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The trouble with tortas...

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It's the white roll. I just can't get past it. I really *want* to love the al pastor torta at Tacos Lupita. I love their tacos, burritos, pupusas, etc., and the al pastor pork is fantastic. For some reason, though, the excess breadiness of that pasty, white roll, and the slight excess of mayo makes the whole experience too doughy and mild and, well, "white-bread" (in all senses of the word) for me, even with healthy doses of that smoky red sauce. I prefer a higher filling-to-vessel ratio, and strongly prefer corn tortillas to any white-flour creation. That said, I guess I'll stay away from the tortas from now on. Unless---are there any other places that do tortas with better bread?

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  1. Every torta I have ever had was made with a Bolillo, atlhough the crustiness of the roll differed.

    1. Noooooooooooooooooooo! Ok, I admit to being biased, but the rolls at Lupita are the best of the versions I've had around here and are exactly like the torta rolls I've had in Mexico. They get them from a bakery in East Boston that supply a couple of other places, but I gather they are very traditional. Maria Bonita use the same vendor.

      Now, you may just not like these kind of fillings in a white-roll sandwich, which is what a torta is. That is a fine point of view, but as for finding "better bread" I don't think you will.

      Ok, I've calmed down.

      1 Reply
      1. re: yumyum

        I think it is really just a case of my not liking the very *idea* of the torta, at least using the 'traditional' roll. I definitely was not questioning the authenticity, just the general concept. Part of the reason I want to like it is because I know Lupita gets it right/authentic. But sometimes you just have to admit to not having a taste for something, authenticity be damned.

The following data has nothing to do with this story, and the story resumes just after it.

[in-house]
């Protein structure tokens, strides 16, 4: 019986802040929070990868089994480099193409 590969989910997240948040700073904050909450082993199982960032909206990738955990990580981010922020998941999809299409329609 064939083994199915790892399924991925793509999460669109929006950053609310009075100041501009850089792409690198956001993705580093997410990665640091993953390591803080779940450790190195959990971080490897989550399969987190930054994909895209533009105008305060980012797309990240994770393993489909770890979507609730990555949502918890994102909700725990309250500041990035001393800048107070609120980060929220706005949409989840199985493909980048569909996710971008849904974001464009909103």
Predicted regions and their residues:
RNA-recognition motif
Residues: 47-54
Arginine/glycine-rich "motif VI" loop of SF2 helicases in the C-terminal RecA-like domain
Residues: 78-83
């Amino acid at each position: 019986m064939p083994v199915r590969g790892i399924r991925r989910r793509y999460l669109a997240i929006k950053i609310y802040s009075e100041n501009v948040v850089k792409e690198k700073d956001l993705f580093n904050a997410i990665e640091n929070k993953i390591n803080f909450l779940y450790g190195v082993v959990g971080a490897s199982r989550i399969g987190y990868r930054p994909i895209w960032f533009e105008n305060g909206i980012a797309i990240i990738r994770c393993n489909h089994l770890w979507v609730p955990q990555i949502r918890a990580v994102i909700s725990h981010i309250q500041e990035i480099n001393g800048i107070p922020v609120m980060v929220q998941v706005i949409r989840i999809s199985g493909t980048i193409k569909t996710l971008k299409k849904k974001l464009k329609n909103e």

2. Question.... I wonder if what style of bread is being used there:

        Bolillos are very crusty, and have a pleasant yeasty flavor, and the bread just melts... imho superior to Baguettes... http://www.csgastronomia.edu.mx/profe...

        Teleras are flat, not crusty and very mild... there are certain types of Tortas I really like with this type of bread.... particularly those made wiht Ham, Head Cheese, Sliced Tongue, Pickled Chicken Breast, Queso Fresco, and doused liberally with mashed Avocados, Doble Crema & roasted Jalapenos etc., http://content.answers.com/main/conte...

        Then you have the Birote which is a very salty, dense, sour dough roll which is particularly famous in Guadalajara's Torta Ahogadas.

        Finally there is the Cemita which is a slightly sweet, Lebanese style egg bun topped with sesame seed mostly used in Puebla style sandwiches which are also called Cemitas: http://www.epicurious.com/recipes/foo...